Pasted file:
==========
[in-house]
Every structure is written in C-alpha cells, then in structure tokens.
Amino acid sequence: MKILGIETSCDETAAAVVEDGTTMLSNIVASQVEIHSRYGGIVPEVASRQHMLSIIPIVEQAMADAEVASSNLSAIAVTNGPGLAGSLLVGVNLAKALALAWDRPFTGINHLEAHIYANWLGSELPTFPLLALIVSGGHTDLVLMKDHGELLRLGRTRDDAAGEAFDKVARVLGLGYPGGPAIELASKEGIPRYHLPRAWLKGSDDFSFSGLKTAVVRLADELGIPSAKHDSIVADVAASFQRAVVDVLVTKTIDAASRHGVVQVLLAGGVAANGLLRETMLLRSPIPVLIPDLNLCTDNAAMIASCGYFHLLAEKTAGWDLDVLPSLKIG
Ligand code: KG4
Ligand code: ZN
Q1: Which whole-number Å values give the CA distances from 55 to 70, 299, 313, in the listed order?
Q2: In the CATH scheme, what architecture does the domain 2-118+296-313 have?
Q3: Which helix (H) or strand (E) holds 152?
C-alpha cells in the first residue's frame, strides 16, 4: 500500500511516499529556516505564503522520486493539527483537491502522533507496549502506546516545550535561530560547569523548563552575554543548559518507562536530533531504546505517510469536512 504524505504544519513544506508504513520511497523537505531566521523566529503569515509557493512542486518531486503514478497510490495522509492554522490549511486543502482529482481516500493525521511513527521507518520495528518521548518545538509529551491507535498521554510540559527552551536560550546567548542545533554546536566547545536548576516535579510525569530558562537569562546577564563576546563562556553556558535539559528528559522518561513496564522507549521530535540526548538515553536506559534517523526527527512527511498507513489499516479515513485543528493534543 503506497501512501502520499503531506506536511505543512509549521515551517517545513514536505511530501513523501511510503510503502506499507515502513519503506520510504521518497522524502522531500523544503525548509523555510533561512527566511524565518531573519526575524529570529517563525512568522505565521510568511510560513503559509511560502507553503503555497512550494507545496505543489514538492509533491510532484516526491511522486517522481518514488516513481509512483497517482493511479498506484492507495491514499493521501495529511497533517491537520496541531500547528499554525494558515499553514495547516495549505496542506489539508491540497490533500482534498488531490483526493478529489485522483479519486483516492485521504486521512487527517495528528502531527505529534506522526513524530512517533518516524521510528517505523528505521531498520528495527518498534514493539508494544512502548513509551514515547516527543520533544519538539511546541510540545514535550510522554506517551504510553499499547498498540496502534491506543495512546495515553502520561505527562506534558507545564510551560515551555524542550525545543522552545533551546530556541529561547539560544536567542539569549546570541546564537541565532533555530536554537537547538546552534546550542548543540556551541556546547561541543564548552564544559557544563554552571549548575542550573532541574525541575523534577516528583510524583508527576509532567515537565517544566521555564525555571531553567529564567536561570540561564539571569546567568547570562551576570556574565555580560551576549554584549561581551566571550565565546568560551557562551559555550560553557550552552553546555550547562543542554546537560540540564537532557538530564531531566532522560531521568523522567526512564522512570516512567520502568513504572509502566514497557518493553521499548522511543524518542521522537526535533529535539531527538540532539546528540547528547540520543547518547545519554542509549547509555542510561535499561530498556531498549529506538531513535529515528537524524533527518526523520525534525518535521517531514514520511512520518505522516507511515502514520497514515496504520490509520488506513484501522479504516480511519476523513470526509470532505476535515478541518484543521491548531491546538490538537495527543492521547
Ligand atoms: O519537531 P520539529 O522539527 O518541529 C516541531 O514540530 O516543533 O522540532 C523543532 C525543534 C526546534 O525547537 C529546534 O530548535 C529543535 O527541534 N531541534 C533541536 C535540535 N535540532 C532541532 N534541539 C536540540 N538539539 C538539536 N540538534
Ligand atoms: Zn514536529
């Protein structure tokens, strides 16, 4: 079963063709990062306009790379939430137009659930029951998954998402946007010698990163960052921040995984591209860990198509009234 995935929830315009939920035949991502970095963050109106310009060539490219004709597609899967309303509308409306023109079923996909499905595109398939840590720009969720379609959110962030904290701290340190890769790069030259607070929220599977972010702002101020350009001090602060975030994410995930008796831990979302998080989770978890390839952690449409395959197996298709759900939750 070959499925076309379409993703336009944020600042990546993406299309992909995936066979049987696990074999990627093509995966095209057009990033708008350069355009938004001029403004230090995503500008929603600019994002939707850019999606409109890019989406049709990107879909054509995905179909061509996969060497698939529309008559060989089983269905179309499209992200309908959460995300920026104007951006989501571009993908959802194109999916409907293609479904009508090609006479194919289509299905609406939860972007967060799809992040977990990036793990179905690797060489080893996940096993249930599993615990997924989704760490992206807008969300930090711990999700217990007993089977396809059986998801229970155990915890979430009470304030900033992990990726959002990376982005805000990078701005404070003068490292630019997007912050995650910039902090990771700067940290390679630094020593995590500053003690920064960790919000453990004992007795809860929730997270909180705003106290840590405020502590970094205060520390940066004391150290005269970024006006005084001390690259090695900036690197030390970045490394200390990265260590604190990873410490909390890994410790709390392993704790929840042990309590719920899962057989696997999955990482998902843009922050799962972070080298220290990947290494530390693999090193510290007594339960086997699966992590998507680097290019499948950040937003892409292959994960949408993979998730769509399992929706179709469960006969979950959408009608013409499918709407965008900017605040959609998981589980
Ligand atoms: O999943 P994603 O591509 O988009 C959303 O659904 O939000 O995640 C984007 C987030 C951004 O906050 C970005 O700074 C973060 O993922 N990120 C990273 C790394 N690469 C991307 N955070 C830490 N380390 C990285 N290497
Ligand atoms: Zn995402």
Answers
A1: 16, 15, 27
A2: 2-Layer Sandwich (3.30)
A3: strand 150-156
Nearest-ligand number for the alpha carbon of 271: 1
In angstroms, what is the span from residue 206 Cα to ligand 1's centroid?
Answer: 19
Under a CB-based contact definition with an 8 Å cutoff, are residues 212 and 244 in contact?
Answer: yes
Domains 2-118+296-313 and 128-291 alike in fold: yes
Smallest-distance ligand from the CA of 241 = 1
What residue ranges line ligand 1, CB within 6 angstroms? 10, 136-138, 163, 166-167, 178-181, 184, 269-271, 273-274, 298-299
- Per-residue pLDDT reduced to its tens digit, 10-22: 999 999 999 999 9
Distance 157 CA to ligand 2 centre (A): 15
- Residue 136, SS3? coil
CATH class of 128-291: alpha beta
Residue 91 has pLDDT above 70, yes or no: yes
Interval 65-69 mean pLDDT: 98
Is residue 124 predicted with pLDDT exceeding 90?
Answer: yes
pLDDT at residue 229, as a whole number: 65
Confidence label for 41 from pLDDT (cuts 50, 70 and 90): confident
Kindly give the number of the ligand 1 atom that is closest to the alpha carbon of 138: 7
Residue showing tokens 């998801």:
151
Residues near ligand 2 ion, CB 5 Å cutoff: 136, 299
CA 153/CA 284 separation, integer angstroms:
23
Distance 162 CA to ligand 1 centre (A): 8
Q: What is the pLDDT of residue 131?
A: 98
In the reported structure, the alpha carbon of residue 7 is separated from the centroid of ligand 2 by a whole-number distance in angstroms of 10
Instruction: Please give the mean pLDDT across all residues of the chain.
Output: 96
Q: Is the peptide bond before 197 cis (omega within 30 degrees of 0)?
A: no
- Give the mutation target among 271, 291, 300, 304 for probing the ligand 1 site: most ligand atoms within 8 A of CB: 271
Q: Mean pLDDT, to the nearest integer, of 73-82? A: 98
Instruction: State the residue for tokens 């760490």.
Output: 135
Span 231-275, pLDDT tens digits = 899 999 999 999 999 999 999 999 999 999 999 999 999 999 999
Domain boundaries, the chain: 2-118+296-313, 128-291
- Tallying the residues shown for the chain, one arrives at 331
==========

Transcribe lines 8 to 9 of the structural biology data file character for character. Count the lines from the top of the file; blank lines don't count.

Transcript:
Q3: Which helix (H) or strand (E) holds 152?
C-alpha cells in the first residue's frame, strides 16, 4: 500500500511516499529556516505564503522520486493539527483537491502522533507496549502506546516545550535561530560547569523548563552575554543548559518507562536530533531504546505517510469536512 504524505504544519513544506508504513520511497523537505531566521523566529503569515509557493512542486518531486503514478497510490495522509492554522490549511486543502482529482481516500493525521511513527521507518520495528518521548518545538509529551491507535498521554510540559527552551536560550546567548542545533554546536566547545536548576516535579510525569530558562537569562546577564563576546563562556553556558535539559528528559522518561513496564522507549521530535540526548538515553536506559534517523526527527512527511498507513489499516479515513485543528493534543 503506497501512501502520499503531506506536511505543512509549521515551517517545513514536505511530501513523501511510503510503502506499507515502513519503506520510504521518497522524502522531500523544503525548509523555510533561512527566511524565518531573519526575524529570529517563525512568522505565521510568511510560513503559509511560502507553503503555497512550494507545496505543489514538492509533491510532484516526491511522486517522481518514488516513481509512483497517482493511479498506484492507495491514499493521501495529511497533517491537520496541531500547528499554525494558515499553514495547516495549505496542506489539508491540497490533500482534498488531490483526493478529489485522483479519486483516492485521504486521512487527517495528528502531527505529534506522526513524530512517533518516524521510528517505523528505521531498520528495527518498534514493539508494544512502548513509551514515547516527543520533544519538539511546541510540545514535550510522554506517551504510553499499547498498540496502534491506543495512546495515553502520561505527562506534558507545564510551560515551555524542550525545543522552545533551546530556541529561547539560544536567542539569549546570541546564537541565532533555530536554537537547538546552534546550542548543540556551541556546547561541543564548552564544559557544563554552571549548575542550573532541574525541575523534577516528583510524583508527576509532567515537565517544566521555564525555571531553567529564567536561570540561564539571569546567568547570562551576570556574565555580560551576549554584549561581551566571550565565546568560551557562551559555550560553557550552552553546555550547562543542554546537560540540564537532557538530564531531566532522560531521568523522567526512564522512570516512567520502568513504572509502566514497557518493553521499548522511543524518542521522537526535533529535539531527538540532539546528540547528547540520543547518547545519554542509549547509555542510561535499561530498556531498549529506538531513535529515528537524524533527518526523520525534525518535521517531514514520511512520518505522516507511515502514520497514515496504520490509520488506513484501522479504516480511519476523513470526509470532505476535515478541518484543521491548531491546538490538537495527543492521547